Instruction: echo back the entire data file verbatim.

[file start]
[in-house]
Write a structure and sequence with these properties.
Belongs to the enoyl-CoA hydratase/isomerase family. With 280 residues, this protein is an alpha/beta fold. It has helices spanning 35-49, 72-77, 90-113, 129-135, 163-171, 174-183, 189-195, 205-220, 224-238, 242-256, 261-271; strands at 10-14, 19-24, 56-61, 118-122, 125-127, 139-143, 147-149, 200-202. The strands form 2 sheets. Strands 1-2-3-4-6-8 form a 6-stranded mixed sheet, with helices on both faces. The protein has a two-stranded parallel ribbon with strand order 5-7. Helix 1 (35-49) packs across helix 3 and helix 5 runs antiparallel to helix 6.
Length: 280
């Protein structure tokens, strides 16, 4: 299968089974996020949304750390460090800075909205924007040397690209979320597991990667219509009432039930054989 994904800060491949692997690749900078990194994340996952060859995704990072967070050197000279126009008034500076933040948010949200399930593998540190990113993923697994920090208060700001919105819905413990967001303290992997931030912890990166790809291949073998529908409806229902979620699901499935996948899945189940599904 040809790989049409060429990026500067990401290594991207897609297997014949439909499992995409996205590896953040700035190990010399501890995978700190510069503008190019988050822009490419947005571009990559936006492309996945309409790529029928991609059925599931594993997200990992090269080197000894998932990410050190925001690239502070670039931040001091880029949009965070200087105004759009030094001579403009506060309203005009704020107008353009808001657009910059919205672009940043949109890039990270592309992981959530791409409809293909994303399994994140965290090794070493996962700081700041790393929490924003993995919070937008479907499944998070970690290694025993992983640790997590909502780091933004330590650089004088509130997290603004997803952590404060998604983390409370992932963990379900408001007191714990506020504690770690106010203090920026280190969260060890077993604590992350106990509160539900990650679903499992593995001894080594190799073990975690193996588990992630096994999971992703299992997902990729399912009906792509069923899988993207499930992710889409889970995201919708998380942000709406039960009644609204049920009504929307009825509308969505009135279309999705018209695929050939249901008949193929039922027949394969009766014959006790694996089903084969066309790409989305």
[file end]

[in-house]
Write a structure and sequence with these properties.
Belongs to the enoyl-CoA hydratase/isomerase family. With 280 residues, this protein is an alpha/beta fold. It has helices spanning 35-49, 72-77, 90-113, 129-135, 163-171, 174-183, 189-195, 205-220, 224-238, 242-256, 261-271; strands at 10-14, 19-24, 56-61, 118-122, 125-127, 139-143, 147-149, 200-202. The strands form 2 sheets. Strands 1-2-3-4-6-8 form a 6-stranded mixed sheet, with helices on both faces. The protein has a two-stranded parallel ribbon with strand order 5-7. Helix 1 (35-49) packs across helix 3 and helix 5 runs antiparallel to helix 6.
Length: 280
């Protein structure tokens, strides 16, 4: 299968089974996020949304750390460090800075909205924007040397690209979320597991990667219509009432039930054989 994904800060491949692997690749900078990194994340996952060859995704990072967070050197000279126009008034500076933040948010949200399930593998540190990113993923697994920090208060700001919105819905413990967001303290992997931030912890990166790809291949073998529908409806229902979620699901499935996948899945189940599904 040809790989049409060429990026500067990401290594991207897609297997014949439909499992995409996205590896953040700035190990010399501890995978700190510069503008190019988050822009490419947005571009990559936006492309996945309409790529029928991609059925599931594993997200990992090269080197000894998932990410050190925001690239502070670039931040001091880029949009965070200087105004759009030094001579403009506060309203005009704020107008353009808001657009910059919205672009940043949109890039990270592309992981959530791409409809293909994303399994994140965290090794070493996962700081700041790393929490924003993995919070937008479907499944998070970690290694025993992983640790997590909502780091933004330590650089004088509130997290603004997803952590404060998604983390409370992932963990379900408001007191714990506020504690770690106010203090920026280190969260060890077993604590992350106990509160539900990650679903499992593995001894080594190799073990975690193996588990992630096994999971992703299992997902990729399912009906792509069923899988993207499930992710889409889970995201919708998380942000709406039960009644609204049920009504929307009825509308969505009135279309999705018209695929050939249901008949193929039922027949394969009766014959006790694996089903084969066309790409989305």